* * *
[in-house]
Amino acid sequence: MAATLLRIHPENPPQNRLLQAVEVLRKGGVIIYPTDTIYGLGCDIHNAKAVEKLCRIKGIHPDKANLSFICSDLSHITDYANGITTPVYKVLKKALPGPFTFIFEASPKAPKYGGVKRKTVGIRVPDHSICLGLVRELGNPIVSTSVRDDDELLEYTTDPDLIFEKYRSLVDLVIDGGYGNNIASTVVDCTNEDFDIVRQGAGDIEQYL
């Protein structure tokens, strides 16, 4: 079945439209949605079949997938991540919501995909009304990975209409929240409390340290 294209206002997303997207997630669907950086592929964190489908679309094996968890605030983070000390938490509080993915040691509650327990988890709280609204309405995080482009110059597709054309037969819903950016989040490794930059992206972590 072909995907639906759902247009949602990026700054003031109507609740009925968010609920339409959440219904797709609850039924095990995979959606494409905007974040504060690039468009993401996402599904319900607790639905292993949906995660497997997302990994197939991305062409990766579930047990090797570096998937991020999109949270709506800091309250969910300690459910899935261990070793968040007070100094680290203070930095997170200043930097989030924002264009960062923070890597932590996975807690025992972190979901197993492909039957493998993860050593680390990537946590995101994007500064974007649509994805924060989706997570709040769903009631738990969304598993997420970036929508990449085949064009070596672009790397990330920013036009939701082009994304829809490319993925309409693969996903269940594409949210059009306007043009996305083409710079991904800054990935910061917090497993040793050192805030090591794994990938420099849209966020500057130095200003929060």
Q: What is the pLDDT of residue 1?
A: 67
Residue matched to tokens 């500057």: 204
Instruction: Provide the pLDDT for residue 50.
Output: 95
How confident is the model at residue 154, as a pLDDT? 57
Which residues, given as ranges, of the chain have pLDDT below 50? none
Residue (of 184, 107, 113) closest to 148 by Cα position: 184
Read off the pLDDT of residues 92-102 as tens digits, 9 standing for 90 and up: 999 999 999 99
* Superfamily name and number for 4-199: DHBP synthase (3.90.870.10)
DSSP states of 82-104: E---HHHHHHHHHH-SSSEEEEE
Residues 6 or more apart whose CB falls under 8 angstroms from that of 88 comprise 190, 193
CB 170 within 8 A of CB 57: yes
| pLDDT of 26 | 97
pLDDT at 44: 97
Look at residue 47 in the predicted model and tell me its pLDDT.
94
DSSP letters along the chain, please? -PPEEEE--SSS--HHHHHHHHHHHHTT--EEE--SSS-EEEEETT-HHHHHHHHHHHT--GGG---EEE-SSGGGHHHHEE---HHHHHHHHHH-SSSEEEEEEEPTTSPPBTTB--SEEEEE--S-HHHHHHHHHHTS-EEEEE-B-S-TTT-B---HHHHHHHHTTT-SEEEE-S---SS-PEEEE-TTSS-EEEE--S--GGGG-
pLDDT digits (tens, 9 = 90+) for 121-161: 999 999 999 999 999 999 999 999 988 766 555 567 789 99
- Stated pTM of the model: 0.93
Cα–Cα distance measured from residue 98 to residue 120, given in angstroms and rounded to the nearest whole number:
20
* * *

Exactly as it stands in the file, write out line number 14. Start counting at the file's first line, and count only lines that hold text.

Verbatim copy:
DSSP states of 82-104: E---HHHHHHHHHH-SSSEEEEE